By Paul O’Connor
CORPORAL BOSKIN’S COLD, COLD WAR: A Comical Journey. By Joseph Boskin. Syracuse University Press. Hardcover. 178 pages. $24.95.
As a scholar of American culture, Prof. Joseph Boskin is very familiar with the work of Joseph Heller.
As a Korean War-era draftee, Corporal Boskin can attest to the accuracy of Heller’s masterpiece, Catch-22.
Boskin, a Boston University historian best known for his work in American humor, has written a number of academic works, the kind that end up on the reading lists for American studies and history courses. But for years, Boskin, who is a friend of mine, has wanted to tell his personal story of a year spent in Greenland in the U.S. Army.
With a master’s degree in hand, Boskin entered the Army at the height of the Korean War. He was sent to Greenland to serve as project historian for something right out of Catch-22. The Army wanted to see if it could fully operate an all-weather air base in the frozen tundra, threateningly close to the Soviet Union.
What follows is theater of the absurd as one screw-up follows another, most of them funny, some of them tragic. No one tries to sell chocolate-covered cotton balls to the troops or subcontracts with the Russians to bomb the base, but there is a hysterically true story about the making of ice cream that rivals what Heller dreamed up for his 1961 novel.
Now it may be that I read this book while visiting my sister’s always freezing cold house in Boston over Thanksgiving, but I’d prefer to credit Boskin’s writing for this: I shivered through the entire reading – which really didn’t take more than a few hours. How can you not freeze when reading of such ridiculous conditions, where a 20-degree day is considered warm and very unusual? Temperatures in the minus-30 range were more typical.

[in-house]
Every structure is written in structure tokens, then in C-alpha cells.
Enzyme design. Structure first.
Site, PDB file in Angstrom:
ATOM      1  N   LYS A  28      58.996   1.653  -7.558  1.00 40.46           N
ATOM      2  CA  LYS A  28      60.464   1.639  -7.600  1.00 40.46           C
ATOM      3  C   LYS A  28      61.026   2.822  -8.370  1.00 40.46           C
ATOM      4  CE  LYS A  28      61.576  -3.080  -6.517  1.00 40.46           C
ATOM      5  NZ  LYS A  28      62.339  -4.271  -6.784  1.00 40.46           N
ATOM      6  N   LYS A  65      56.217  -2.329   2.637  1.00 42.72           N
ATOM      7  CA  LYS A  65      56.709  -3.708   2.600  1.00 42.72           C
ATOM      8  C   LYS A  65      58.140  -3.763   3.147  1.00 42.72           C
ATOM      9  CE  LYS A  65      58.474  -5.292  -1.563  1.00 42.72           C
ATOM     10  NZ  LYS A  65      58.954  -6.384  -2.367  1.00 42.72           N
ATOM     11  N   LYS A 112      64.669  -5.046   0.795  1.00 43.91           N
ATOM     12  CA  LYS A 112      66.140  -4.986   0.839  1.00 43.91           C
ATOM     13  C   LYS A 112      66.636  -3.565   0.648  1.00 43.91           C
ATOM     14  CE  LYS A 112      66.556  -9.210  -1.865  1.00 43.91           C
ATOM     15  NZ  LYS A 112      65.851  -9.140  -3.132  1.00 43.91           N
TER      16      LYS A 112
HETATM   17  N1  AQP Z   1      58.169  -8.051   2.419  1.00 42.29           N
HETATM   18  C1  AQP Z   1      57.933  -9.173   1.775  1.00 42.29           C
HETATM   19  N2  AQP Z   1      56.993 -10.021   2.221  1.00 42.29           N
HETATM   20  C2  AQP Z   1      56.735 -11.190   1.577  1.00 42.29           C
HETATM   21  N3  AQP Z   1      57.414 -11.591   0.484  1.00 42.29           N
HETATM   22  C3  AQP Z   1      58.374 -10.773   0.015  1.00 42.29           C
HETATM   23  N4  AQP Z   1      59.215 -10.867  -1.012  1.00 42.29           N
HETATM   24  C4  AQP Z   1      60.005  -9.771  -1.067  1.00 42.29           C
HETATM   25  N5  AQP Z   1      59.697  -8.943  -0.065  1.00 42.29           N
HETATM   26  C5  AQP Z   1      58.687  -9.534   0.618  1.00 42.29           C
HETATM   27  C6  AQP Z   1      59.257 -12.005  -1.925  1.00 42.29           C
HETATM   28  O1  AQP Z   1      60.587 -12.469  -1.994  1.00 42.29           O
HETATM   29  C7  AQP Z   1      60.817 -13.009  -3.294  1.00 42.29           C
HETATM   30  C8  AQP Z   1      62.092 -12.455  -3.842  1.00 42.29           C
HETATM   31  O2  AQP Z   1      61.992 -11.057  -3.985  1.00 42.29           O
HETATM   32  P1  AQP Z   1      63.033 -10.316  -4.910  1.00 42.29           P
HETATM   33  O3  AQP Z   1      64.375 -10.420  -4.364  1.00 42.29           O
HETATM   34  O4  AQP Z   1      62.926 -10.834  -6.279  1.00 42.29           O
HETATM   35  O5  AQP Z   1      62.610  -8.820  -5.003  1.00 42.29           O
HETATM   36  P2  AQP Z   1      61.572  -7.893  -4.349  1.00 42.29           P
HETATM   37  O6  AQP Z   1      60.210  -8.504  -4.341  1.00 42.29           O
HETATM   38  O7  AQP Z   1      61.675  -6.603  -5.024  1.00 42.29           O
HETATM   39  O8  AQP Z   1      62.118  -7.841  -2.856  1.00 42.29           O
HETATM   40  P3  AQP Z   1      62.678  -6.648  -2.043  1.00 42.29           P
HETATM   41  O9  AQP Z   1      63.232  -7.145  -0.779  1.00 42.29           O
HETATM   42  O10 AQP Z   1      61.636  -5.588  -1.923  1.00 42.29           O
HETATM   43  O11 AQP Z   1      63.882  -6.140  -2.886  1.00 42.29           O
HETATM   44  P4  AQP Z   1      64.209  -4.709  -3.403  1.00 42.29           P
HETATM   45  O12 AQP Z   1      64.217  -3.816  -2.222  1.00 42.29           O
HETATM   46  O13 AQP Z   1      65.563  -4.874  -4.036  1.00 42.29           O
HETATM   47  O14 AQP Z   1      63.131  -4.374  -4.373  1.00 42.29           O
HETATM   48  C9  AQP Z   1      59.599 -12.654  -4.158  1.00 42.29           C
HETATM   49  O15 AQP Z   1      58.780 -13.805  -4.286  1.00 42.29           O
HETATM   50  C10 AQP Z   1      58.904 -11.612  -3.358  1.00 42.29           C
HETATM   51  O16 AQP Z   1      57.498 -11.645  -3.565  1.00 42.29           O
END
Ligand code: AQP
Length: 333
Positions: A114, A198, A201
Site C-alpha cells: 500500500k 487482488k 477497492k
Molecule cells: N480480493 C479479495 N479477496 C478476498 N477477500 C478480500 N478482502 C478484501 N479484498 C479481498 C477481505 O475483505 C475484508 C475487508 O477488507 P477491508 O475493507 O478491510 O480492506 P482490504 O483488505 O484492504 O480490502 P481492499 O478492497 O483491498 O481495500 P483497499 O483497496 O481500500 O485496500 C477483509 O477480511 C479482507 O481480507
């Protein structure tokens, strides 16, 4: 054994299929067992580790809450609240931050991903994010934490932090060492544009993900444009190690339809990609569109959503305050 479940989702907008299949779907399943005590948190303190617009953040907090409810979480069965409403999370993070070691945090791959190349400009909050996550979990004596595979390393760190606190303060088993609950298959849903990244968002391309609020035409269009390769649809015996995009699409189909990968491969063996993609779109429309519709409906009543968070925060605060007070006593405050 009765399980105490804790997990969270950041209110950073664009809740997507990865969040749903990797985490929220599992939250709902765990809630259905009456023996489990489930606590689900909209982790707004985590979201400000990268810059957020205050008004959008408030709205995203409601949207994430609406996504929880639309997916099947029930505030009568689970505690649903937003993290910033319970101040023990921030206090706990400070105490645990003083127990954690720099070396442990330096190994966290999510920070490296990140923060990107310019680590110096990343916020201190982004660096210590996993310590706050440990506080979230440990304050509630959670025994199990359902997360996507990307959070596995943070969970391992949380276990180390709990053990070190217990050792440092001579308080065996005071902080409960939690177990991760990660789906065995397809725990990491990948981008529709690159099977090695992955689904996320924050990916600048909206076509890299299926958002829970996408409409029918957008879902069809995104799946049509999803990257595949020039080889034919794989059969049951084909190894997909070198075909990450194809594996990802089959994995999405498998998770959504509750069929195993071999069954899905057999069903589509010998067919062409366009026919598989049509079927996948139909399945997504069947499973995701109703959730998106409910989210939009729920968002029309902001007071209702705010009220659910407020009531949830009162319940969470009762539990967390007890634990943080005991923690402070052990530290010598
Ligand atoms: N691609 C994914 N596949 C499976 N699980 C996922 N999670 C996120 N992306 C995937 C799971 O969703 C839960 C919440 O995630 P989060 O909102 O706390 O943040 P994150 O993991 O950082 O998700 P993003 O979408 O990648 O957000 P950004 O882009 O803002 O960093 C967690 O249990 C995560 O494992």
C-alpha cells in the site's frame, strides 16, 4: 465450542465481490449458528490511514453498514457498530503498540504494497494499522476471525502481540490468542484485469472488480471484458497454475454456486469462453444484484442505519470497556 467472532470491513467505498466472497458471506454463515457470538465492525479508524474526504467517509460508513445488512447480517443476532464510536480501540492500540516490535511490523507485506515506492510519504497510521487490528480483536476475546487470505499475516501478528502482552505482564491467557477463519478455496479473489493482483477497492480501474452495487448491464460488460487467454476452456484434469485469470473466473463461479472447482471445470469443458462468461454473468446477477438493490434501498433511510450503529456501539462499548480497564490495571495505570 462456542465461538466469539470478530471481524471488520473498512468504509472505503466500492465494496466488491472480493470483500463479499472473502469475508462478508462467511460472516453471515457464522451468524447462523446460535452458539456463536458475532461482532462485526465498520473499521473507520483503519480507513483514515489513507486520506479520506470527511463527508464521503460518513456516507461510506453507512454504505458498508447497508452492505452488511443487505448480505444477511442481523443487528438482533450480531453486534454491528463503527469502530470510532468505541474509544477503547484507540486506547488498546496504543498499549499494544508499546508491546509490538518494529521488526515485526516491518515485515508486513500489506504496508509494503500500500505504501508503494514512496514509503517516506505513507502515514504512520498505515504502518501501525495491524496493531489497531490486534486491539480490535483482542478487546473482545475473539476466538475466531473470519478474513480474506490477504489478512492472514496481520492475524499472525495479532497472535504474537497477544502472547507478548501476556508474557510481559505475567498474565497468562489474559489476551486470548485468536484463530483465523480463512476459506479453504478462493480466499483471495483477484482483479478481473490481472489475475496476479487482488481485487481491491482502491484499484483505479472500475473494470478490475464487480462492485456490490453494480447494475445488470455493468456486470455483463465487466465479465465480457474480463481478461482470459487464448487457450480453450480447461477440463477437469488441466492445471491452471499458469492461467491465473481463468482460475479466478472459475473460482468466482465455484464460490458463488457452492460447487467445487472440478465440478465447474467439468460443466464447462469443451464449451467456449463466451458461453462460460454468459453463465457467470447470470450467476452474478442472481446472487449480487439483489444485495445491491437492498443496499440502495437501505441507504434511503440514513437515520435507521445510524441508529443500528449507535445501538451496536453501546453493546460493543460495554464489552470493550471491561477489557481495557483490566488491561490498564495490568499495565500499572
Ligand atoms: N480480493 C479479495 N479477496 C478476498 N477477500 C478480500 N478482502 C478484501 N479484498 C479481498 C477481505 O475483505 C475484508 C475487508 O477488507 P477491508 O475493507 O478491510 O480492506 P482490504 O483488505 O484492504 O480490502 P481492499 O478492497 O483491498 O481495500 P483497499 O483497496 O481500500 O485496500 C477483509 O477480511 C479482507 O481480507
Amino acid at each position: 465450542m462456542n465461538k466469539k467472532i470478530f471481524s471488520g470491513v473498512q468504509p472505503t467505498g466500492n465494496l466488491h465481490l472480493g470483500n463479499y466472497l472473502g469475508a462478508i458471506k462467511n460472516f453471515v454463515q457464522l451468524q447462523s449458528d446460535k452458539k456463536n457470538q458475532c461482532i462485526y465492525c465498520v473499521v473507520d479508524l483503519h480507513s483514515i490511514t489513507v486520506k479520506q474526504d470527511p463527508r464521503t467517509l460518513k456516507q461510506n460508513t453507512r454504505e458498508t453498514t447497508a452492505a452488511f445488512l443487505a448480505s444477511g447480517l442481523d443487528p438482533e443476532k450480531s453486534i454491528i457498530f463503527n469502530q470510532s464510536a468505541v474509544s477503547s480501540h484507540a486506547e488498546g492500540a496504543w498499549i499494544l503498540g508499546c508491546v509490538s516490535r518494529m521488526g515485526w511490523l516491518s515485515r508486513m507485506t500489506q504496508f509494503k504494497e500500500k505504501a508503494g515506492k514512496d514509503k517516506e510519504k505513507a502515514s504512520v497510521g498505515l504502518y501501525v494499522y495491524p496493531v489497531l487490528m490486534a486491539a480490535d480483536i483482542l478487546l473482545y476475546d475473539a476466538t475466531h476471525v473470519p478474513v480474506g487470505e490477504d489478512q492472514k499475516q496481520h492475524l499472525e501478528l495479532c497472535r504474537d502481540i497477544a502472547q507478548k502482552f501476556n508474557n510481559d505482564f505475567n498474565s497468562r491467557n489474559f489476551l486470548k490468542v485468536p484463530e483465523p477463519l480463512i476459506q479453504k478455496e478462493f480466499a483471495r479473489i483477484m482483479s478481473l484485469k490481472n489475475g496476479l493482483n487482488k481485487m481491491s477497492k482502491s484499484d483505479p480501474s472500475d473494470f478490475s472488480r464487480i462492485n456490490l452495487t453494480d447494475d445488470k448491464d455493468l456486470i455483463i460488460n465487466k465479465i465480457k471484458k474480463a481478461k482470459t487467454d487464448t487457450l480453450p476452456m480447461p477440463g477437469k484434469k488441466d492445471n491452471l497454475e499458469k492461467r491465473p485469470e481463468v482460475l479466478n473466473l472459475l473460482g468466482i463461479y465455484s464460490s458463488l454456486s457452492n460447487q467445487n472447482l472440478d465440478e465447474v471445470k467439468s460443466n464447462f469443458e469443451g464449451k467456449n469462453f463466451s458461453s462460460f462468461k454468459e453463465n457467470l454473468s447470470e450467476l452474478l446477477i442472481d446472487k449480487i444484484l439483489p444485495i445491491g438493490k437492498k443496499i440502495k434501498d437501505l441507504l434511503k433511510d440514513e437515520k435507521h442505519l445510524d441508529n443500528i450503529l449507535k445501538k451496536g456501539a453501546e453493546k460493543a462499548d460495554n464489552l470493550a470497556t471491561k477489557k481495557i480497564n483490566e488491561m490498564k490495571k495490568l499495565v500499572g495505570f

And through it all, Corporal Boskin, preparing for a career as an academic historian, was trying to compile an accurate history, including successes and failures, only to encounter an Army brass that didn’t want anything of the kind. True accounts of setbacks are not the Army way. It is here that the story most resembles the zaniness of M*A*S*H or F Troop.
There are parts of the book that I’d have advised Joe to excise or compress. This short memoir could actually be even a bit shorter. But the story moves very well for the most part. It’s funny, and it’s ridiculous. Readers must simply put out of mind how much money their government wasted with this crazy idea – and, of course, the lives lost, too.
As a bonus, the professorial side of the author includes a thoughtful essay on the nature of memoirs in the prologues. The guy’s brainy side can’t help but show through.
For a good laugh, it’s a good read – but do so on a hot day.
- Paul T. O’Connor, contributing editor, is a university lecturer who is available for freelance writing assignments. Contact him at firstname.lastname@example.org.